Washington: Tensions between the United States and China are set to increase during current financial turmoil but any trade war can adversely impact the two key drivers of global growth and the rest of the world, experts warn.
Trade frictions will erupt as the United States enters deeper into recession and China’s economic growth shortfall worsens, the experts said.
US Treasury Secretary Timothy Geithner has already accused China of manipulating its currency to gain trade advantage while “Buy America” provisions have slipped into Washington’s nearly $800 billion economic stimulus package.
The currency charge was met with a strong response in Beijing while the Buy America move drew Chinese allegations of trade protectionism.
“As the US unemployment rate now mounts in an ever-deepening recession, the politics of trade frictions may well gather greater support,” Stephen Roach, chairman of Morgan Stanley Asia, said at a Washington forum Tuesday on China and the current global economic downturn.
“If these two nations end up at odds with one another, they will both suffer - with dire consequences for the rest of a crisis-torn global economy,” he said. “The stakes are enormous. There is no margin for error.”
More than 40 pieces of anti-China trade legislation were introduced in the US Congress in recent years amid a ballooning trade deficit with China but none of the bills have been adopted.
Tensions between the two economies “are likely to intensify at this time of worldwide economic distress,” predicted Eswar Prasad, a former head of the China division in the International Monetary Fund.
But any confrontational approach by both sides “will almost certainly be counterproductive” and “this would poison the US-China relationship in a manner that could have deleterious long-term consequences on many fronts,” he said.
But Prasad said paradoxically, the current crisis could also result in greater cooperation between the two economies.
He said China needed export growth in order to maintain job growth and preserve social stability and, while chalking up trade surpluses, had little alternative to buying US Treasury bills with the reserves it accumulates as it manages its exchange rate.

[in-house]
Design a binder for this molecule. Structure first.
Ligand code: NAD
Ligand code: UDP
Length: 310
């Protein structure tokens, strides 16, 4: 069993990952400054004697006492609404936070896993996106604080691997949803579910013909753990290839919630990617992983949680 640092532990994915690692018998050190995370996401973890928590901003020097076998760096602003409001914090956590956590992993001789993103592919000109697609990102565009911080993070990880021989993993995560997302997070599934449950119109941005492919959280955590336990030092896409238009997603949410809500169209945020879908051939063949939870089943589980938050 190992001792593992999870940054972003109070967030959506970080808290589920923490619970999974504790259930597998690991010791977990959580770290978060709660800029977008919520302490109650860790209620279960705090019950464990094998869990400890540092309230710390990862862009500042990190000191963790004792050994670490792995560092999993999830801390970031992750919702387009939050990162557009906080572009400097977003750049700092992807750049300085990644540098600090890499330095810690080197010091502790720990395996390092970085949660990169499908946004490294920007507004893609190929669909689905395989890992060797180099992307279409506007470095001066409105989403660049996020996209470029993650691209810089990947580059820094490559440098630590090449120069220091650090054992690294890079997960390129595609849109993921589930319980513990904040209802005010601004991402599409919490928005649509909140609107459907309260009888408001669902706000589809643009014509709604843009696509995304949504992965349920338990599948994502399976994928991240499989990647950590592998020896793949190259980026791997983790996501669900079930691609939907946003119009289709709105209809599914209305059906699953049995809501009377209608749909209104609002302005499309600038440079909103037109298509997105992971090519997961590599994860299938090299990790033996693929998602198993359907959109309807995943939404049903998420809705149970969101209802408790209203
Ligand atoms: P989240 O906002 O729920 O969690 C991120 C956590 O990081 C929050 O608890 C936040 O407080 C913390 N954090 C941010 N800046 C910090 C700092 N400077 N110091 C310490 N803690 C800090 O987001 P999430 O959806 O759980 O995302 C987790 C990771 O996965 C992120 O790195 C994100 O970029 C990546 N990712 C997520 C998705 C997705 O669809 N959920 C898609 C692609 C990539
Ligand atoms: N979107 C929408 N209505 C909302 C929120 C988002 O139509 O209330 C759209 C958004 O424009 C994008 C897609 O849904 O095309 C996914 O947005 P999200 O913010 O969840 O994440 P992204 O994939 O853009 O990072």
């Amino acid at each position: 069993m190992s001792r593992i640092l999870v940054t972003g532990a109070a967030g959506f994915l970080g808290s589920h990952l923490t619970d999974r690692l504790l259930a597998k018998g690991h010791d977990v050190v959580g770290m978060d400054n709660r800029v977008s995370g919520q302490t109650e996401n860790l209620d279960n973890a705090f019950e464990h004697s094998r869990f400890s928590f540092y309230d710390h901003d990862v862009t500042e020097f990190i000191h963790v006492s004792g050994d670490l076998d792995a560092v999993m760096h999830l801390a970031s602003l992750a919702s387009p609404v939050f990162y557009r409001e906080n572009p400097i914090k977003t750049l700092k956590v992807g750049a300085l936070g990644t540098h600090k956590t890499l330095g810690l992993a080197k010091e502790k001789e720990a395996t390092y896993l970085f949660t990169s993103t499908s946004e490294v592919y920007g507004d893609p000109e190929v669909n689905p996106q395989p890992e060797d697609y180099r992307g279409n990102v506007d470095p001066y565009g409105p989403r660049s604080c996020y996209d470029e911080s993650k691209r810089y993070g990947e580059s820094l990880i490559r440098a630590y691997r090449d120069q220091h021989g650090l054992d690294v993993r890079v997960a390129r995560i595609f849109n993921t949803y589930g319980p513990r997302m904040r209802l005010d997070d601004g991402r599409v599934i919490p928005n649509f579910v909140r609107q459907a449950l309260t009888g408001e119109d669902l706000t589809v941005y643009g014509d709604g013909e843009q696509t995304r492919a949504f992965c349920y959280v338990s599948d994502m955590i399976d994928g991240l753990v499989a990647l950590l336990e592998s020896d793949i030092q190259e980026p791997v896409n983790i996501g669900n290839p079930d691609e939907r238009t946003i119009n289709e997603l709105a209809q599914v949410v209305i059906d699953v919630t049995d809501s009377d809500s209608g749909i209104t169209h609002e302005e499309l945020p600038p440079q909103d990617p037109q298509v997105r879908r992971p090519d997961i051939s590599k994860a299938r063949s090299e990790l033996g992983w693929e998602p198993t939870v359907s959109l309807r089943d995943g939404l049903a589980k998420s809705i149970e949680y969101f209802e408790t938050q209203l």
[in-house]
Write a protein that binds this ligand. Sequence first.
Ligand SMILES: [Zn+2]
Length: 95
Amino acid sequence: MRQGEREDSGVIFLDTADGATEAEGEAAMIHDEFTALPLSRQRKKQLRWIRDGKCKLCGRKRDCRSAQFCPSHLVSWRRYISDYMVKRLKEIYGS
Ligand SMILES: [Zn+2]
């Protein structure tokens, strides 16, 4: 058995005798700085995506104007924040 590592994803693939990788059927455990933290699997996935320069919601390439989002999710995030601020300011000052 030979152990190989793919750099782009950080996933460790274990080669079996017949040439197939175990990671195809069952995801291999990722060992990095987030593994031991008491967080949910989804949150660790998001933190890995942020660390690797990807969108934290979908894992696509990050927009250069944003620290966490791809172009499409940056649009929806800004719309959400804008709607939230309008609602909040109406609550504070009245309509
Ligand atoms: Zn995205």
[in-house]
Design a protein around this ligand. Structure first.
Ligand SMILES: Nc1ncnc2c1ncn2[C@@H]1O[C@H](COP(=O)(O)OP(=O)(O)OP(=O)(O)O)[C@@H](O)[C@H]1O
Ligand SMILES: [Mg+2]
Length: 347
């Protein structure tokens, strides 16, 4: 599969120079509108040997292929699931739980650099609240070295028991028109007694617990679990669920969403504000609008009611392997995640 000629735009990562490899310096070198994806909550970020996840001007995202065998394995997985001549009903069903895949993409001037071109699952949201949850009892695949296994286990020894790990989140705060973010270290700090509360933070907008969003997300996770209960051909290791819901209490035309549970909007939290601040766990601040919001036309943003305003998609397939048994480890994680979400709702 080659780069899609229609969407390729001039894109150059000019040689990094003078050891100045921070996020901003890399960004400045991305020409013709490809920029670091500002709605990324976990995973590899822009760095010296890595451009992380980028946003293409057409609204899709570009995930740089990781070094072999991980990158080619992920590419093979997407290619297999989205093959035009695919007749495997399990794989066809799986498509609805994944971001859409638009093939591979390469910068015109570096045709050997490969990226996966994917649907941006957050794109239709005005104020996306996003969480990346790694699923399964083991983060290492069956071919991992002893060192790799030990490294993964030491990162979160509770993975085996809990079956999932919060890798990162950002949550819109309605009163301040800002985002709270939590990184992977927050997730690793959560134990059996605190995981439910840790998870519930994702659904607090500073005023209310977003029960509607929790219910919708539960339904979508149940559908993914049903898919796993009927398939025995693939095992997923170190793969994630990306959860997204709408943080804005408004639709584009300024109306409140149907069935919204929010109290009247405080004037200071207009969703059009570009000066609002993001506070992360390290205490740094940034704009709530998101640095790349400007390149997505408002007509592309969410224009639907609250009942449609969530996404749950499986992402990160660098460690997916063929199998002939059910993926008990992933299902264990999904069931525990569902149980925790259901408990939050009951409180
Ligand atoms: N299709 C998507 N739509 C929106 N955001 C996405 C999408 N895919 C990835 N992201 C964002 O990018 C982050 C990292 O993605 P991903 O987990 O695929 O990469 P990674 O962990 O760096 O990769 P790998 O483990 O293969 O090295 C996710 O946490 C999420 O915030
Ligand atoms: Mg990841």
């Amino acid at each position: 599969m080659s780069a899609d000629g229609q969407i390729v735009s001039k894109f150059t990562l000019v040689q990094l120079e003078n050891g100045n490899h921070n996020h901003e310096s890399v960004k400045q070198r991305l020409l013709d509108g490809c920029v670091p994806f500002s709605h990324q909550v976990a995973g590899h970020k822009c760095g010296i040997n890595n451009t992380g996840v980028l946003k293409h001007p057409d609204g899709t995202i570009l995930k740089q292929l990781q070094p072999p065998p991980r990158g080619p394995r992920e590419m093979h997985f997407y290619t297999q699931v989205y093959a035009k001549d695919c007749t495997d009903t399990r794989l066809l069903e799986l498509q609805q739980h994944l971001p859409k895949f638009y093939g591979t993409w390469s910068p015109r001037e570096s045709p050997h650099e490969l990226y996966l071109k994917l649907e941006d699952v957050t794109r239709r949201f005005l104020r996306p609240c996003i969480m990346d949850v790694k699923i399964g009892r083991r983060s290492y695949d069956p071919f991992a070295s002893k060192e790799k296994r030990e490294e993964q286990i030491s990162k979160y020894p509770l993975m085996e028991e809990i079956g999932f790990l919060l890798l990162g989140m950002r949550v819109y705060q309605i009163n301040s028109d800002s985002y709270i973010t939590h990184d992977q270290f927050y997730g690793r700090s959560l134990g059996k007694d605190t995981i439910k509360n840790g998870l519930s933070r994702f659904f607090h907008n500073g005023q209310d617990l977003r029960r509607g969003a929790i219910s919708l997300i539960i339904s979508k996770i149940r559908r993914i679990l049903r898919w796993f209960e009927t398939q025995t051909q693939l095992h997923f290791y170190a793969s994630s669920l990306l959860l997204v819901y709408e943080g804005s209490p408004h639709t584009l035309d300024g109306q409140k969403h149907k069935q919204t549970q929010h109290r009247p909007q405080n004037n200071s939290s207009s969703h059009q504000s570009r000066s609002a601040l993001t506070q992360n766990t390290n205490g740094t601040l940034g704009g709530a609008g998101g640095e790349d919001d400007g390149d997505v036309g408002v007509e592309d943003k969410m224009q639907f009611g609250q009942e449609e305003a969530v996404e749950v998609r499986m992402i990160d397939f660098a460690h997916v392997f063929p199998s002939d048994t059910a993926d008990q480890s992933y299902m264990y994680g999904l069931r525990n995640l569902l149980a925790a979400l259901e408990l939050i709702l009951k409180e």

The United States, meanwhile, needs willing buyers for the Treasuries issued to finance its budget deficit, which is certain to increase due to bailout of troubled enterprises and fiscal stimulus operations, he said.
Robert Cassidy, a former US trade envoy on China affairs, said the current crisis presented “unprecedented opportunities” for Beijing to amend its currency policy and lift barriers within its own economy.
“In particular, the current crisis presents an opportunity for China to play a global economic leadership role by restructuring its development programs in ways that will generate greater growth of its domestic economy as well as the global economy,” he said.
Cassidy wanted China to accelerate its currency rate of appreciation, saying it should stop using an “undervalued” yuan to make exports more competitive.
“If China is unprepared to make those steps, then the United States and other countries should consider initiating, in a progressive manner, stronger actions against China’s beggar-thy-neighbor policies,” he said.
Critics argue that any serious US retaliation on China’s currency policy could see China’s unloading its massive US financial assets.
Latest US Treasury data show China remains the top holder of US Treasury bills, with $696.2 billion of such securities in December.